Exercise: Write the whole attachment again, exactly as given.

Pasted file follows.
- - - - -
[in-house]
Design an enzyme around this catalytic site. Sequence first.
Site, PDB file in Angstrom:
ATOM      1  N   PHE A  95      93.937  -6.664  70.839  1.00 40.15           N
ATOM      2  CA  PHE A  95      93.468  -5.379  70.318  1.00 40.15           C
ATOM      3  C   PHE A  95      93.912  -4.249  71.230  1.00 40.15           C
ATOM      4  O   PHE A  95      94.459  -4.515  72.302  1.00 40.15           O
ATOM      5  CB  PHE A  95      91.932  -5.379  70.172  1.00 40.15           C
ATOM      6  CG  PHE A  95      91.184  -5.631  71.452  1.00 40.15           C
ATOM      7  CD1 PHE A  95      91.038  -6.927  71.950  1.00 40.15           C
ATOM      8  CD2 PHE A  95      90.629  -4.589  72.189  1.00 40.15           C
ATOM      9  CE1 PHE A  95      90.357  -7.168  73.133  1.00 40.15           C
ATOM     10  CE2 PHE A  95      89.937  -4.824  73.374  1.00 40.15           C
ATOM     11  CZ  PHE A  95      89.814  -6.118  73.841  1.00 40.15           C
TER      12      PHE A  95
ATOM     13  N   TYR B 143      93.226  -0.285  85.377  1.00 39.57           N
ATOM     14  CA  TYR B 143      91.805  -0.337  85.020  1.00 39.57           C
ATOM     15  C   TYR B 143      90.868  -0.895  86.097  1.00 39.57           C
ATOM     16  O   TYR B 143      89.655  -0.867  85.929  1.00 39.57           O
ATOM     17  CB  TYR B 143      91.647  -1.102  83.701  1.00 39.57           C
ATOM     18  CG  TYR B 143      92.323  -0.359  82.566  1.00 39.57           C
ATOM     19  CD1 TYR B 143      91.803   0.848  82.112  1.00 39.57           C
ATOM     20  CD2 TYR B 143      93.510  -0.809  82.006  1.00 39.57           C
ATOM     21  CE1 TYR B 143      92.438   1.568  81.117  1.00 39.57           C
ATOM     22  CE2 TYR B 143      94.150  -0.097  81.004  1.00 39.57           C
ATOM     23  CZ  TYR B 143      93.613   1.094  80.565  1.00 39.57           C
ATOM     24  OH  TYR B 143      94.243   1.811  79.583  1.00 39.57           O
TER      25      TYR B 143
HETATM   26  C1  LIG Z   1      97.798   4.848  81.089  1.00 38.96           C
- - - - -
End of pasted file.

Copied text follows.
[in-house]
Design an enzyme around this catalytic site. Sequence first.
Site, PDB file in Angstrom:
ATOM      1  N   PHE A  95      93.937  -6.664  70.839  1.00 40.15           N
ATOM      2  CA  PHE A  95      93.468  -5.379  70.318  1.00 40.15           C
ATOM      3  C   PHE A  95      93.912  -4.249  71.230  1.00 40.15           C
ATOM      4  O   PHE A  95      94.459  -4.515  72.302  1.00 40.15           O
ATOM      5  CB  PHE A  95      91.932  -5.379  70.172  1.00 40.15           C
ATOM      6  CG  PHE A  95      91.184  -5.631  71.452  1.00 40.15           C
ATOM      7  CD1 PHE A  95      91.038  -6.927  71.950  1.00 40.15           C
ATOM      8  CD2 PHE A  95      90.629  -4.589  72.189  1.00 40.15           C
ATOM      9  CE1 PHE A  95      90.357  -7.168  73.133  1.00 40.15           C
ATOM     10  CE2 PHE A  95      89.937  -4.824  73.374  1.00 40.15           C
ATOM     11  CZ  PHE A  95      89.814  -6.118  73.841  1.00 40.15           C
TER      12      PHE A  95
ATOM     13  N   TYR B 143      93.226  -0.285  85.377  1.00 39.57           N
ATOM     14  CA  TYR B 143      91.805  -0.337  85.020  1.00 39.57           C
ATOM     15  C   TYR B 143      90.868  -0.895  86.097  1.00 39.57           C
ATOM     16  O   TYR B 143      89.655  -0.867  85.929  1.00 39.57           O
ATOM     17  CB  TYR B 143      91.647  -1.102  83.701  1.00 39.57           C
ATOM     18  CG  TYR B 143      92.323  -0.359  82.566  1.00 39.57           C
ATOM     19  CD1 TYR B 143      91.803   0.848  82.112  1.00 39.57           C
ATOM     20  CD2 TYR B 143      93.510  -0.809  82.006  1.00 39.57           C
ATOM     21  CE1 TYR B 143      92.438   1.568  81.117  1.00 39.57           C
ATOM     22  CE2 TYR B 143      94.150  -0.097  81.004  1.00 39.57           C
ATOM     23  CZ  TYR B 143      93.613   1.094  80.565  1.00 39.57           C
ATOM     24  OH  TYR B 143      94.243   1.811  79.583  1.00 39.57           O
TER      25      TYR B 143
HETATM   26  C1  LIG Z   1      97.798   4.848  81.089  1.00 38.96           C